Climate change appears to be be hitting home for walleye fishermen in the Upper Midwest.
A new study in the journal Global Change Biology finds that warming lakes due to climate change are much less likely to support walleye habitat in Wisconsin and the Upper Midwest. Meanwhile, warmer water loving largemouth bass habitat is forecast to increase as lakes continue to warm.
Lake temperatures in Wisconsin are about 2 degrees Fahrenheit warmer on average in the past 26 years. During that time, Wisconsin walleye numbers have crashed as largemouth bass numbers rose dramatically.
The study examined 2,148 lakes in Wisconsin, and forecasts a 50% drop in the percentage of lakes likely to support natural reproduction of walleye by mid-century. Currently about 10% of Wisconsin’s lakes support natural walleye reproduction. That number is forecast to drop to around 4% by mid-century. Meanwhile, the percentage of lakes with conditions conducive to high largemouth bass abundance was predicted to increase from 60 to 89 percent.
Here’s a clip from the United States Geological Survey’s release on the new study.
Release Date: SEPTEMBER 12, 2016
A recent study looks at the impact of climate change on certain fish in Wisconsin lakes.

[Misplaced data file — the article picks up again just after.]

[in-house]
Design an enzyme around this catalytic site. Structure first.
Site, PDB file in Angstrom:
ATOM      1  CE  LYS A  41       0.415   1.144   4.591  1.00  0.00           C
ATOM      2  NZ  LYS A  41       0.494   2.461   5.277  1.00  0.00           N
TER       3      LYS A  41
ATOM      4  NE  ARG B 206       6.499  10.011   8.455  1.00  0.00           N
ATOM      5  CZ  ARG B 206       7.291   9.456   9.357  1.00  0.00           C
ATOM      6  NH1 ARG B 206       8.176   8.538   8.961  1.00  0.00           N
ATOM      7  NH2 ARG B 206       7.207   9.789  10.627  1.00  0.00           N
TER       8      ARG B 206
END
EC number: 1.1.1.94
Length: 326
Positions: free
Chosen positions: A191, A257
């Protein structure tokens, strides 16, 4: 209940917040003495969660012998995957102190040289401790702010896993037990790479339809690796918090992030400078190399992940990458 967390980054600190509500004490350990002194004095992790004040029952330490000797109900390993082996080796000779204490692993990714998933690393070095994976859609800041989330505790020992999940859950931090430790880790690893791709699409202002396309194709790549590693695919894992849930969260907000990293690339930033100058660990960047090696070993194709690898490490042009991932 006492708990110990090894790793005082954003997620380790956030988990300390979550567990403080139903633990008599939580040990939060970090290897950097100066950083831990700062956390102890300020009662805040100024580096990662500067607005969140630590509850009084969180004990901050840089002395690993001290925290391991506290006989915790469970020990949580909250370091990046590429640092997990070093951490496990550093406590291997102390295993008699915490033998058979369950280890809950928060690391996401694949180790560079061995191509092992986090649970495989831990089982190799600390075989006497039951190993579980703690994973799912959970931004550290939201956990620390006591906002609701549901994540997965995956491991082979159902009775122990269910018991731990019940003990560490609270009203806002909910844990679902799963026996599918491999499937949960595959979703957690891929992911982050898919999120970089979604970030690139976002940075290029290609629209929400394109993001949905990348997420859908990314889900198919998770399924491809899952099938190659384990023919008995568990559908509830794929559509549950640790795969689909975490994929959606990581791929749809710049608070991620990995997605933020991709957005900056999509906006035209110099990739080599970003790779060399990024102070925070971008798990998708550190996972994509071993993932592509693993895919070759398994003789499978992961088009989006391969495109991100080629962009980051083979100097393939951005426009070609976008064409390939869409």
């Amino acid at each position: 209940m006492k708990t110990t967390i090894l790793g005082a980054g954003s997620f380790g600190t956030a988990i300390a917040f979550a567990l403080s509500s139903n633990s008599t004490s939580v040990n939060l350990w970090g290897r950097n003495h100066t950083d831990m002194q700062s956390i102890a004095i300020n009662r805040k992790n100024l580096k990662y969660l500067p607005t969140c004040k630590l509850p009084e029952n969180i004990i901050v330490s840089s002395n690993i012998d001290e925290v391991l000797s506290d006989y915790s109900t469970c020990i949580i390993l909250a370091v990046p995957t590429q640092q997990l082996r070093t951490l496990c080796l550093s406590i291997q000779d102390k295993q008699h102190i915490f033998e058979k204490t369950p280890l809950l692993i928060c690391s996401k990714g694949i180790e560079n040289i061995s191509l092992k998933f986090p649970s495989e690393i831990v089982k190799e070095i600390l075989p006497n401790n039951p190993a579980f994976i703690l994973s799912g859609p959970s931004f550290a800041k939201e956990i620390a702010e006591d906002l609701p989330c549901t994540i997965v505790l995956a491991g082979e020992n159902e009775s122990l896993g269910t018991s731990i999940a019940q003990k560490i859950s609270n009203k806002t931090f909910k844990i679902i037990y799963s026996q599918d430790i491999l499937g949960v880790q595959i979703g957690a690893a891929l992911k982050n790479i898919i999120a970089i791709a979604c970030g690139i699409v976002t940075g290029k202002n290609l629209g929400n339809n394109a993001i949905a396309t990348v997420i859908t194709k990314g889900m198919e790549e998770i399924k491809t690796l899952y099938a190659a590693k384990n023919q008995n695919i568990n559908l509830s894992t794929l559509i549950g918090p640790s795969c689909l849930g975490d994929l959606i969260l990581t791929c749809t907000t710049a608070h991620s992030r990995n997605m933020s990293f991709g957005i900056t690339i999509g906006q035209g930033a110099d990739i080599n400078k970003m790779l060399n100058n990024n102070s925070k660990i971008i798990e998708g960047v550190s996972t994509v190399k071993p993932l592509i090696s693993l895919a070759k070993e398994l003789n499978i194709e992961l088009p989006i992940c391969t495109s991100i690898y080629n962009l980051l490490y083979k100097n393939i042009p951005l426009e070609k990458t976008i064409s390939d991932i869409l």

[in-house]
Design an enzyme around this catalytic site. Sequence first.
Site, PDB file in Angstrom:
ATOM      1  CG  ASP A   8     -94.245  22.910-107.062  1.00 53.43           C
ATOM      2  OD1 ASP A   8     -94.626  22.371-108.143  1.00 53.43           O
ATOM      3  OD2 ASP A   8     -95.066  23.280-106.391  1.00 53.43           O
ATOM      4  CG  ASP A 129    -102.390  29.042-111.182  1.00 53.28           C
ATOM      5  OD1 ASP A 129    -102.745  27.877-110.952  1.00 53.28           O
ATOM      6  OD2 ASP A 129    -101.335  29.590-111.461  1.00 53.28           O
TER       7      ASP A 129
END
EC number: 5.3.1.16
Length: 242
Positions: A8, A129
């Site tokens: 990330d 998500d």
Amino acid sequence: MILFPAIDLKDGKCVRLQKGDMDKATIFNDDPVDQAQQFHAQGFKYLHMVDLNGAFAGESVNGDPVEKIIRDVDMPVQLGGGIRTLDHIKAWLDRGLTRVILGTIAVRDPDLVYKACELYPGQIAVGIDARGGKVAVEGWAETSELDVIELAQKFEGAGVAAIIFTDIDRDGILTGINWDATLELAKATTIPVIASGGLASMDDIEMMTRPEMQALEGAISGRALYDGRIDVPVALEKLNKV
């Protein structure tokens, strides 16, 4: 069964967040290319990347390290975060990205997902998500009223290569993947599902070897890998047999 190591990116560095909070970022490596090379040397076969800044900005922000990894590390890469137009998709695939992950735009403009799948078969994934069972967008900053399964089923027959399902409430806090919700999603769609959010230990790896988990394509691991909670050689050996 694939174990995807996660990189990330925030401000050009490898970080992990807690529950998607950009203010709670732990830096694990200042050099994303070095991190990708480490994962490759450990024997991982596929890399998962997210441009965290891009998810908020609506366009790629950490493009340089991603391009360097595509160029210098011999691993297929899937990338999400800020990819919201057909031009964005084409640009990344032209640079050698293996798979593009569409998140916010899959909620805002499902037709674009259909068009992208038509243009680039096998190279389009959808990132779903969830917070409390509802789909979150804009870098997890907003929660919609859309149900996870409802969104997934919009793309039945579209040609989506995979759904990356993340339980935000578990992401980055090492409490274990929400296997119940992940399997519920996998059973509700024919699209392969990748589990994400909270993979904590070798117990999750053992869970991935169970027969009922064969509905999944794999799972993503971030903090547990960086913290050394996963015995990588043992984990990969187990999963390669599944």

MADISON, WISCONSIN – Climate change is predicted to alter sport fish communities in Midwestern lakes, according to a new study that related water temperature to suitability for walleye and largemouth bass in more than 2,100 Wisconsin lakes.
For the past 30 years, walleye populations have been declining and largemouth bass populations have been increasing in lakes across Wisconsin. These changes are cause for concern for many anglers and policy makers since freshwater fishing in Wisconsin is valued at more than $1.5 billion, and walleye are the preferred species for many anglers.
According to the study, this downward trend in walleye populations is likely to continue as climate change will cause lakes to get warmer overtime. Researchers identified characteristics of lakes where walleye or largemouth bass were most likely to thrive and found that both species were strongly influenced by water temperature. While walleye populations thrived in cooler, larger lakes, largemouth bass were more abundant in warmer lakes.
“Generally this means that lakes that are best for walleye are not the best for largemouth bass, and vice versa” said study author Gretchen Hansen, former Wisconsin Department of Natural Resources research scientist currently with the Minnesota DNR. “Going forward, we predict that many Wisconsin lakes are going to become more suitable for largemouth bass, and less suitable for walleye.”
The suitability of individual lakes for supporting walleye and largemouth bass was based on a computer model that estimated daily water temperatures from 1979-2014 for thousands of lakes using information on lake size, depth, water clarity, and historical weather. “We don’t measure water temperature in many lakes,” said co-author Jordan Read, U.S. Geological Survey civil engineer. “Modeled lake temperatures can fill the gaps and provide fisheries managers and researchers with a full historical record of water temperature for each of these lakes.”